Budapest, Hungary – Vaclav Klaus, the former Czech Prime Minister and President, has just been awarded the Petőfi Prize during a ceremony held in the Hungarian capital.
An Orbanized Petofi Prize?
Established in 2009 by the Public Foundation for the Research of Central and East European History and Society to recognize “outstanding efforts made to advance freedom and democracy of Eastern European nations”, the award is named after Sandor Petőfi, the foremost 19th century poet, revolutionary and key figure of Hungary’s national awakening. It had, for instance, been awarded to U.S. journalist, writer and Pulitzer prize winner Anne Applebaum in 2010.
“As someone who spent four decades of non-freedom in a communist Czechoslovakia and witnessed the total failure of the communist irrational and oppressive political and economic system, I have always considered freedom and liberty the main issues worth fighting for”, M. Klaus said upon receiving the award in Budapest. “I agree with Ronald Reagan: ‘Freedom is one of the deepest and noblest aspirations of the human spirits'”.
He also used the opportunity to convey his own vision for Europe’s future, which sounded tailor-made to please Hungary’s current leaders: “We should not be ashamed of giving the nation a fundamental position in our thinking and behavior, of course, on condition we know that before the notion of the nation (and the state) we should always insert two essential individualistic entities of the Western (and European) civilization and culture – the man (and, of course, the woman) and the family”.
Zoltan Kovacs, the Hungarian Secretary of State for International Communications and Relations and government spokesman, congratulated Vaclav Klaus, “the distinguished former President of the Czech Republic and forerunner in the battle against communism and for freedom in Eastern Europe”.
Others were not so enthusiastic about this year’s laureate, pointing on social media that “Klaus was more a band-wagoner that a frontrunner in the battle against communism in (then) Czechoslovakia. But given that he is a conservative-turned-radical right politician, he is an obvious candidate for Orbanized Petofi Prize”.
Vaclav Klaus, a divisive figure in Czech politics
Not unlike his successor Milos Zeman, who enjoys sparking new controversies on a regular basis, Vaclav Klaus, 77, is a controversial figure in Czech politics and society. His populist, anti-EU, pro-Russian stance has been at the center of numerous polemics, while his denial of the man-made reality of climate change has often caused outrage. His rhetoric remains, however, popular among certain parts of the Czech population, including his strong opposition to multiculturalism and refugee quotas.
An economist by training, founder of the right-wing Civic Democratic Party (ODS), leading figure of Czech politics in the 1990’s and 2000’s, Czech Prime Minister from 1992 to 1998, V. Klaus oversaw the dissolution of Czechoslovakia with then-Slovak counterpart Vladimir Meciar. Critics accuse both men of having fueled, in the early 1990’s, nationalist sentiments on both sides of the border for political gain and perceive them as the main architects of a “Velvet Divorce” that occurred against the will of a majority of Czechs and Slovaks.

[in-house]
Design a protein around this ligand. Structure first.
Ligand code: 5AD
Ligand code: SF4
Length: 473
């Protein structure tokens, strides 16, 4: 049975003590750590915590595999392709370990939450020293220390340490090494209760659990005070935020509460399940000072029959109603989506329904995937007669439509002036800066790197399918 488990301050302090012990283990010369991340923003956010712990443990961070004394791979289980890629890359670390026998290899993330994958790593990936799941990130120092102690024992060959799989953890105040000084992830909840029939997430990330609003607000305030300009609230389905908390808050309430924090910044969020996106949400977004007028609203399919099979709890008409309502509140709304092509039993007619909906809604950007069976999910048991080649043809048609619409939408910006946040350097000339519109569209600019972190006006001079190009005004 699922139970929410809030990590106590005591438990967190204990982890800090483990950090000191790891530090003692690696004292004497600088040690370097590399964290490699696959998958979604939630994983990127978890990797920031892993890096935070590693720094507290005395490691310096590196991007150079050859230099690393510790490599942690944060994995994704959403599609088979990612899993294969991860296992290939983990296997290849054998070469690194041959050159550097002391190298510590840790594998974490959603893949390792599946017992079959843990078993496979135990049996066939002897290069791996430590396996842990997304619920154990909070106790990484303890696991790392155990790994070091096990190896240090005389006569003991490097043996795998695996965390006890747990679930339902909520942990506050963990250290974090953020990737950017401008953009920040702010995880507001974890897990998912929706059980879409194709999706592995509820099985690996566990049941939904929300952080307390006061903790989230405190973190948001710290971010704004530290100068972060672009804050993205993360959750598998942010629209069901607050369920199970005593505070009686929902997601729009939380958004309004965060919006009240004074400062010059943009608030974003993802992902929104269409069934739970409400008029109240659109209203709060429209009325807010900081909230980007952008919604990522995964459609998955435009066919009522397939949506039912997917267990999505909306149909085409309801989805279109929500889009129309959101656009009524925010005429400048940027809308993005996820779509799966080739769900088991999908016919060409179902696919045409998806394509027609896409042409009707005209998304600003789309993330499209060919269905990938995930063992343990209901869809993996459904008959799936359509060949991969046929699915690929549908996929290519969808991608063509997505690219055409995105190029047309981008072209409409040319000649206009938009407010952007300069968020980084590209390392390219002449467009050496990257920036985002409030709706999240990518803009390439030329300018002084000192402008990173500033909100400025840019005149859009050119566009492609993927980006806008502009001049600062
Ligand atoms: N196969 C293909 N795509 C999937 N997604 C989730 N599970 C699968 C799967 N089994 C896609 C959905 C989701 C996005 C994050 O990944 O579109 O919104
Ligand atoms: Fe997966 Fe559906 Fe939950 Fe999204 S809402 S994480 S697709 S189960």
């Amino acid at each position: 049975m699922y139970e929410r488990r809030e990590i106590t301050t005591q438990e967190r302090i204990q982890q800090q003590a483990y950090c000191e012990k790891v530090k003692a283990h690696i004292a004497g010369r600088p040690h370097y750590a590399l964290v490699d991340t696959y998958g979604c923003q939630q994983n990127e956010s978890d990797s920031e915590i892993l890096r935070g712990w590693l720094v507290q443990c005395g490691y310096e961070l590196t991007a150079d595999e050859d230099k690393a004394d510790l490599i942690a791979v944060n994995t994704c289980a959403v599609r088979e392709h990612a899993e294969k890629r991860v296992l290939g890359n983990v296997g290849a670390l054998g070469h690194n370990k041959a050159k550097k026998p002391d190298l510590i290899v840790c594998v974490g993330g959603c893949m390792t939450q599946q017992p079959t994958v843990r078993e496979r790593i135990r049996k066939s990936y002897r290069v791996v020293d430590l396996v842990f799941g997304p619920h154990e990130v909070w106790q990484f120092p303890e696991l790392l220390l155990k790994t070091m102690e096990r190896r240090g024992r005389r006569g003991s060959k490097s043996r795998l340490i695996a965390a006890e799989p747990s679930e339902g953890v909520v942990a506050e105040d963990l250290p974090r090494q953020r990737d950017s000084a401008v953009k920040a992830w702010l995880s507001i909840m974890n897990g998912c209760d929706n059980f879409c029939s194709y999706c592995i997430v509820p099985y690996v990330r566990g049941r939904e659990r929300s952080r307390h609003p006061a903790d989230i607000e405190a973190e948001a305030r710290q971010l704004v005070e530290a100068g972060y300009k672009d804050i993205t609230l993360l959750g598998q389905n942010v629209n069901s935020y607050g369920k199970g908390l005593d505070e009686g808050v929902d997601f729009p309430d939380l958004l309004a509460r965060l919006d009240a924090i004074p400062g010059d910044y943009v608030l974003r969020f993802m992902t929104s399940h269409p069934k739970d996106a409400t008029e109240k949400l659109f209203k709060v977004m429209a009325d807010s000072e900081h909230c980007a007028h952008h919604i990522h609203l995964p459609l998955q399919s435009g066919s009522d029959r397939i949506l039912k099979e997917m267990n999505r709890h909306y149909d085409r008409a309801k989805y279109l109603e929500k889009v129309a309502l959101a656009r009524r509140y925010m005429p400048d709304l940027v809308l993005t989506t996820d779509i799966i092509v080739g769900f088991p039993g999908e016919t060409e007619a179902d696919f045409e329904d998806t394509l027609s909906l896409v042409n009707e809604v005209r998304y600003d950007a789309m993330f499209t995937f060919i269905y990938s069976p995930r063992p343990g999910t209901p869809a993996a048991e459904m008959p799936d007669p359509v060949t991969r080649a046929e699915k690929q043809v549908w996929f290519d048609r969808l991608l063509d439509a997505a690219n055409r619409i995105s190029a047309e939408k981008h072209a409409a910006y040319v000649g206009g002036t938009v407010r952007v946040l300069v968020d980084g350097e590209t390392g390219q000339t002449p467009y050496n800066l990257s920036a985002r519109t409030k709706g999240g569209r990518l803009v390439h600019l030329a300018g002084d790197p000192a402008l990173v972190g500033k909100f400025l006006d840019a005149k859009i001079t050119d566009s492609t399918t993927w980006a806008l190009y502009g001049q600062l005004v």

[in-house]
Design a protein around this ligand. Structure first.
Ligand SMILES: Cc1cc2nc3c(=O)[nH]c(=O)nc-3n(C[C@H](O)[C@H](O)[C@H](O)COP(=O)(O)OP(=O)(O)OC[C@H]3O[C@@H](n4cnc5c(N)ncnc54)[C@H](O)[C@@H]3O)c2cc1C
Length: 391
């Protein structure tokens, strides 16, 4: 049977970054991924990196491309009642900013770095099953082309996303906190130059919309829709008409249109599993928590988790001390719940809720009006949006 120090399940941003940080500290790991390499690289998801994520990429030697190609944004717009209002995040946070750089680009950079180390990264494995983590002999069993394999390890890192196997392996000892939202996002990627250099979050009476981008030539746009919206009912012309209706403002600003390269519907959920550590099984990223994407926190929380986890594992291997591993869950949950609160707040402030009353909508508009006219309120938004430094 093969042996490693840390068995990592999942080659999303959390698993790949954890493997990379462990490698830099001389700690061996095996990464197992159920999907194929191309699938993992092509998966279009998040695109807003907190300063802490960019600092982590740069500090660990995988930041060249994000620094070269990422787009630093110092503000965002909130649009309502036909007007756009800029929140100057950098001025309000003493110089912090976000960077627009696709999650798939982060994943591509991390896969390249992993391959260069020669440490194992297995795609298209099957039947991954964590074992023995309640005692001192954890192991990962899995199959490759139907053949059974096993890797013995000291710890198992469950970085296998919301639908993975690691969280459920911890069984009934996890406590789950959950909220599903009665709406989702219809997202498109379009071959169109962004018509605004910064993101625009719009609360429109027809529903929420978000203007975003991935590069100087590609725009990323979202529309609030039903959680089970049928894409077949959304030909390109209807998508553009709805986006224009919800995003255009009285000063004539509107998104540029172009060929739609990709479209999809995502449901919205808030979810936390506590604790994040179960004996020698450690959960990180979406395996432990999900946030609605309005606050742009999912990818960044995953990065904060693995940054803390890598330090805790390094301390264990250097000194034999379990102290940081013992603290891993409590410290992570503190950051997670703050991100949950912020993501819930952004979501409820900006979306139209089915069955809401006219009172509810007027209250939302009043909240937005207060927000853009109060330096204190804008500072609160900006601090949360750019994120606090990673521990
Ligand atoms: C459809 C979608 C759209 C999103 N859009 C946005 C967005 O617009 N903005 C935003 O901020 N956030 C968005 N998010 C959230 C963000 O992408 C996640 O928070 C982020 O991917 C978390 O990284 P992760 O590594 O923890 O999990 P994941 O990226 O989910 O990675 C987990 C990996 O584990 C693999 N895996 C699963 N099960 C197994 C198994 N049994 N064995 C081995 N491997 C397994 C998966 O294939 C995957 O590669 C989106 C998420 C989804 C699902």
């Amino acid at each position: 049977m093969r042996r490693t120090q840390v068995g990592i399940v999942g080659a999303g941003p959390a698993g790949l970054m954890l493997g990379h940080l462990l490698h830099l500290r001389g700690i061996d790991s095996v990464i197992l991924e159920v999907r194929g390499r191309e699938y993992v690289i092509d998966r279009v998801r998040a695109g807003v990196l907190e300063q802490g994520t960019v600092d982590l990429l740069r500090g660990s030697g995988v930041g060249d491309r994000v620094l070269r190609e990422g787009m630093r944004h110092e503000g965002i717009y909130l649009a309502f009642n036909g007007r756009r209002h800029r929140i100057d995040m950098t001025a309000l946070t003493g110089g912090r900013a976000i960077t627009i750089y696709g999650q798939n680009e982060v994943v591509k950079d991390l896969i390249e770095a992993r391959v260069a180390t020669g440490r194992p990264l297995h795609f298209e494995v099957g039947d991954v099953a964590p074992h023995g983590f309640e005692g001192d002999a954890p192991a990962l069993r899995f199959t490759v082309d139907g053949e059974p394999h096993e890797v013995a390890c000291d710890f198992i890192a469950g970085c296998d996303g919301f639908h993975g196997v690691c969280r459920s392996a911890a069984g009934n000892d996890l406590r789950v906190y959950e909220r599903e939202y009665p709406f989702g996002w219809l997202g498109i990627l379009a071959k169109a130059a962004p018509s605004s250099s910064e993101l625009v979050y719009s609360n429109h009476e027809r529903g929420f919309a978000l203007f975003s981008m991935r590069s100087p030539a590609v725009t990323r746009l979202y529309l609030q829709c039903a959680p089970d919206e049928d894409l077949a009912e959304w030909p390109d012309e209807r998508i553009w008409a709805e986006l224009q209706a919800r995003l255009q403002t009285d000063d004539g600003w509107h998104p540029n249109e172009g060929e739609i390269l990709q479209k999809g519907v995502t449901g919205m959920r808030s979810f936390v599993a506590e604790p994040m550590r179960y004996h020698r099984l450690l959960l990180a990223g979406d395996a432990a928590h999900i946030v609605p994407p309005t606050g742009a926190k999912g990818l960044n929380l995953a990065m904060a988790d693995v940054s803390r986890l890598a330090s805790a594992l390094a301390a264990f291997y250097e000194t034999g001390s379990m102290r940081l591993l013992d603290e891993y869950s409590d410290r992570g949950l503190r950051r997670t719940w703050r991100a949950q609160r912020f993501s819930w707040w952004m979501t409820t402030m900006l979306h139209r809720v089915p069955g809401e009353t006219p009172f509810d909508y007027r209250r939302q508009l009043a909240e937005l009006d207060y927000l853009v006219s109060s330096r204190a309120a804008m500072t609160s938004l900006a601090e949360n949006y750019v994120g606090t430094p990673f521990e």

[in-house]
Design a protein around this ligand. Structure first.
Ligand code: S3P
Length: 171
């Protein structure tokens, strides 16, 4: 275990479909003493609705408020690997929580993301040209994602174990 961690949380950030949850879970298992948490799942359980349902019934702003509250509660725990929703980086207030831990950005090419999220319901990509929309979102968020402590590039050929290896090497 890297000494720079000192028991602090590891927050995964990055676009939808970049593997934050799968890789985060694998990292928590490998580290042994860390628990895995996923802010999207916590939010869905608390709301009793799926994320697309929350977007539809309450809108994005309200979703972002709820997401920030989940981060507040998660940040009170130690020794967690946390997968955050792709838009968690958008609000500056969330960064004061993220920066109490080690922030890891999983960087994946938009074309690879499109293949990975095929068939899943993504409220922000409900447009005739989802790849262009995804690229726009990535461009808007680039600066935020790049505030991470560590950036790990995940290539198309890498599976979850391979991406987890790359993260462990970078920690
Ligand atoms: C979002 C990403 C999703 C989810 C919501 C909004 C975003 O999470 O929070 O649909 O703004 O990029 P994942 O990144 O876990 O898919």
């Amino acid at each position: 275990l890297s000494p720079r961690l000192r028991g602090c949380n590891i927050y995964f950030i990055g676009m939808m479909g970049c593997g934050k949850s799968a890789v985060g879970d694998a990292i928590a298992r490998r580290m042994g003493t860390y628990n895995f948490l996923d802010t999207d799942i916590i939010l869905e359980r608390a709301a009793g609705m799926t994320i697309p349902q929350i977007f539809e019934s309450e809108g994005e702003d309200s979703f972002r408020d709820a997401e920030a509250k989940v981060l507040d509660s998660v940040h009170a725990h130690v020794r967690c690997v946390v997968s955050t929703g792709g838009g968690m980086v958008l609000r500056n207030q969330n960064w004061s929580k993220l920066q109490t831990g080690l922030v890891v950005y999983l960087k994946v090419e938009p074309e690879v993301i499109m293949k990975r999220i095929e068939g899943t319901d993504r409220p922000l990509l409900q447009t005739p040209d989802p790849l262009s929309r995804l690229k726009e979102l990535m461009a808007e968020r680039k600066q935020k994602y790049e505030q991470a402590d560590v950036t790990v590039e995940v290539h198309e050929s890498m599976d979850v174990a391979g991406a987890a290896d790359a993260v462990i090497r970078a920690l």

A fierce EU critic
Although Klaus was Czech President from 2003 to 2013, at the time when the Czech Republic joined the European Union, he appears as one of the most vocal and virulent critics of the EU. During a TV interview last June, he argued, for instance, that Russia was no threat to the Czech Republic, contrary to the European Union and Brussels autocrats.
As head of the Prague-based Vaclav Klaus Institute, which he founded in 2012, the former head of state still regularly gives his take on current Czech and European affairs. In an interview with the Washington Times last September, he argued that “Europe needs a revolution, hopefully a Velvet Revolution as we did in the 1980’s”, criticizing the “dictatorship of the old political elites of Europe, starting with Madame Merkel, Mr. Juncker, Mr. Macron”, “the multi-culturalists, politically correct European elites who really want to somehow mix the nations and to bring diversity”.
While some movements, including far-right SPD party, currently call for the Czech Republic to exit the EU, and despite his fierce opposition to what he often describes as Brussels diktats, M. Klaus isn’t in favor of a ‘Czexit’: “We don’t have the luxury of being an island. We are in the heart of Europe, we are geometrically in the real center of Europe. All our neighbors are in the EU. So, I don’t share the dreams of many of my colleagues and friends that there would be something like” a Czech version of Brexit, he told reporters.
And now, a little something light for your entertainment: M. Klaus, then President of the Czech Republic, in one of his most memorable moments, caught – on camera – stealing the semi-luxurious pen of the Chilean President while on official visit in the Latin American country.